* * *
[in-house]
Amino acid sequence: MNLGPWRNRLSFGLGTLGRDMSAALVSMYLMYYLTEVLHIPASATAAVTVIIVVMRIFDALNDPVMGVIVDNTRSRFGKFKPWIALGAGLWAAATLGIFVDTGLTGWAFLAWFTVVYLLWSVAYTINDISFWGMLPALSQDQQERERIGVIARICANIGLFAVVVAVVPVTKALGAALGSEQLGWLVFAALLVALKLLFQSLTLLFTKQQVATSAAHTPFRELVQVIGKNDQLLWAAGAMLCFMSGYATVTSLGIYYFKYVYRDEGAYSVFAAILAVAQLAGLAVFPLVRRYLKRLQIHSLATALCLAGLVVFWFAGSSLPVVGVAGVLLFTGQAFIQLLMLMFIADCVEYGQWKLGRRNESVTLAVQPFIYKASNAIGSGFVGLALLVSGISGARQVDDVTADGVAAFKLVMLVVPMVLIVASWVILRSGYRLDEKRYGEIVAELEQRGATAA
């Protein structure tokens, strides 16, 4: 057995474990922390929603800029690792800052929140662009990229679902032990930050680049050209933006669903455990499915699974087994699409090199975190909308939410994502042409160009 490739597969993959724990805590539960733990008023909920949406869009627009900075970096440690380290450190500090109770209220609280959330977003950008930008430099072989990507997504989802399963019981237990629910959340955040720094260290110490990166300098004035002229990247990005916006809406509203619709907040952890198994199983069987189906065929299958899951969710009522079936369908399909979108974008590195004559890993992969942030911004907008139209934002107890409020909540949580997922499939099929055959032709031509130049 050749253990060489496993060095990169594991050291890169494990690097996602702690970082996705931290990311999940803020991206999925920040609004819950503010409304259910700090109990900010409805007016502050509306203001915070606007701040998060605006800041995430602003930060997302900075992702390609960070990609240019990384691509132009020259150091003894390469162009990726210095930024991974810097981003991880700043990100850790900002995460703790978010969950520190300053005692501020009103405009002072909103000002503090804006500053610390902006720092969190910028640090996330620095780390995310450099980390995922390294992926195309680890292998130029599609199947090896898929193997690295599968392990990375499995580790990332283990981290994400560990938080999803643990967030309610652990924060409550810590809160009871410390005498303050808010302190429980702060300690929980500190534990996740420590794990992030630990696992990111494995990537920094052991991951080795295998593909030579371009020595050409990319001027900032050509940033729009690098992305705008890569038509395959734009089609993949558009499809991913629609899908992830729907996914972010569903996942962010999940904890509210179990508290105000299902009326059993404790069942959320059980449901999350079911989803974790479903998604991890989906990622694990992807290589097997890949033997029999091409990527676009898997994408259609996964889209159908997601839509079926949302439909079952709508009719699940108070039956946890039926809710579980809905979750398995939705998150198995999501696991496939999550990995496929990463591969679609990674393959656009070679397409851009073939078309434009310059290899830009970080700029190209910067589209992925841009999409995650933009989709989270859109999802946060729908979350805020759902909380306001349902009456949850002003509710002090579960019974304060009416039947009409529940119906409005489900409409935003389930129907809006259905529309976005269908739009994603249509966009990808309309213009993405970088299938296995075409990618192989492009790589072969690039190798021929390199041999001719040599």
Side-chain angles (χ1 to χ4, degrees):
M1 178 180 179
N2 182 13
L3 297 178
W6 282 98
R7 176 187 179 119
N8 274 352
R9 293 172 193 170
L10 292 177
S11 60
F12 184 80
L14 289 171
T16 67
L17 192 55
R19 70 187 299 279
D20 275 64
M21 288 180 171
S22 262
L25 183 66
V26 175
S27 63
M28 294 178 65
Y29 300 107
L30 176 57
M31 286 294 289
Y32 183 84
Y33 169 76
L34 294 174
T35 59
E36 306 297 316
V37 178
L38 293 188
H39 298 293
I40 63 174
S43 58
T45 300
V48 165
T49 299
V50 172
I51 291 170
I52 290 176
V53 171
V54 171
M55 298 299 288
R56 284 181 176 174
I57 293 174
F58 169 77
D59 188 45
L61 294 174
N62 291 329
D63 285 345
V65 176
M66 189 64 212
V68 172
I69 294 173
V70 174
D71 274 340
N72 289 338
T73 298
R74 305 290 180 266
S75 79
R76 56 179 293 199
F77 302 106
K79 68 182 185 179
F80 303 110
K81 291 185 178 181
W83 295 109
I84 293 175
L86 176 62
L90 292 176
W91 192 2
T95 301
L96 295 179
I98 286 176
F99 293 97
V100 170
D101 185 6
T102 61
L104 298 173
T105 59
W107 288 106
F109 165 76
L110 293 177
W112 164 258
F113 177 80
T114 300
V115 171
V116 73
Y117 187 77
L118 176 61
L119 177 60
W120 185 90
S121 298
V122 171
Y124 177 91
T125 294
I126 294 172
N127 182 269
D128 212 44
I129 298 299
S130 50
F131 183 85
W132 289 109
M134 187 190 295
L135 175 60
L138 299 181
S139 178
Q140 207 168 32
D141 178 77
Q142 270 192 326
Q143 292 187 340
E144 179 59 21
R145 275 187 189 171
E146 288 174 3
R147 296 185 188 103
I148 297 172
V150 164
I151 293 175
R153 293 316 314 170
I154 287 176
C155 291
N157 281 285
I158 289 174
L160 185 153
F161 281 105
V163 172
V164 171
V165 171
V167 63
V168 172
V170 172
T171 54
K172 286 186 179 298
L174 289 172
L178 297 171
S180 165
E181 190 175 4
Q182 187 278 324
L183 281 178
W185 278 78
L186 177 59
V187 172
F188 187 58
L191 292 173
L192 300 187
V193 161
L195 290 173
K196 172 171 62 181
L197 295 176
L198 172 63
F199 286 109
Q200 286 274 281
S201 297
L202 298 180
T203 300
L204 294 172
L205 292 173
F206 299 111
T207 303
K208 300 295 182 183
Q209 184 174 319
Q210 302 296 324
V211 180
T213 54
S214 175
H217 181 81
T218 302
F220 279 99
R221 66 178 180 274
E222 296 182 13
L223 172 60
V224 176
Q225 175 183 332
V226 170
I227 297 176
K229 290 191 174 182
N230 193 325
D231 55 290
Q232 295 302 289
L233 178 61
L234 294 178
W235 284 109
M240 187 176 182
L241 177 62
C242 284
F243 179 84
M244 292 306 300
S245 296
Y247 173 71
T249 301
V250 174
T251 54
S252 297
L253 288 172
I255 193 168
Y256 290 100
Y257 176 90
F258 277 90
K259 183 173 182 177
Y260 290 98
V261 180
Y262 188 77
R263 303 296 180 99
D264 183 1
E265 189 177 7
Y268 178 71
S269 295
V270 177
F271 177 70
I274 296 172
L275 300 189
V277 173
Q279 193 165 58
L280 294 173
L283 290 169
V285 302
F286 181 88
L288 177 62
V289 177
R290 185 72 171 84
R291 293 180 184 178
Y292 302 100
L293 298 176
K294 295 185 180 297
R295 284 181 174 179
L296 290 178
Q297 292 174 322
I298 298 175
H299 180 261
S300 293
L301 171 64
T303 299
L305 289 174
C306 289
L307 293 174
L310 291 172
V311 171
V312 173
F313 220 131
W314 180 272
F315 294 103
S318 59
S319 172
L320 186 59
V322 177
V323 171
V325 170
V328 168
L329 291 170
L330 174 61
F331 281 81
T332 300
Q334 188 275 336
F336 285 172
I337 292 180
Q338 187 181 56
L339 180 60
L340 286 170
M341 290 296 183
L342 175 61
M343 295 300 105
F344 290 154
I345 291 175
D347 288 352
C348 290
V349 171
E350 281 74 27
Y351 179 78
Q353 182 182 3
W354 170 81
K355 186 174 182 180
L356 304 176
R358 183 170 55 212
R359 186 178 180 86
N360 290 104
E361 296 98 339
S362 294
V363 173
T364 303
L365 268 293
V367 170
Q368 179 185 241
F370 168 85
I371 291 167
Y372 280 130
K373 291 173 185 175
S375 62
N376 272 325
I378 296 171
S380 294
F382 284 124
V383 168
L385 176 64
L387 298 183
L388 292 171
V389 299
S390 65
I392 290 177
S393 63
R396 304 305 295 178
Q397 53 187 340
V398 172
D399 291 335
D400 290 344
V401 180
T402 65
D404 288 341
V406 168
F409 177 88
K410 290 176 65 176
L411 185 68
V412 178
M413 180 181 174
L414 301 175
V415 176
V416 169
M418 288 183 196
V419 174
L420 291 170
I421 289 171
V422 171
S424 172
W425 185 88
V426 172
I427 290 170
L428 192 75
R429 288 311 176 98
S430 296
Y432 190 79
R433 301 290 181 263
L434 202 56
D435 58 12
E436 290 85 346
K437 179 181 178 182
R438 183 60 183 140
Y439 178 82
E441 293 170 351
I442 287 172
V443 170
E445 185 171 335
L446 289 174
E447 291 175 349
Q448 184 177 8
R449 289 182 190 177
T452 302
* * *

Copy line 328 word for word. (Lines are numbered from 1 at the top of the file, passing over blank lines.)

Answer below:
I427 290 170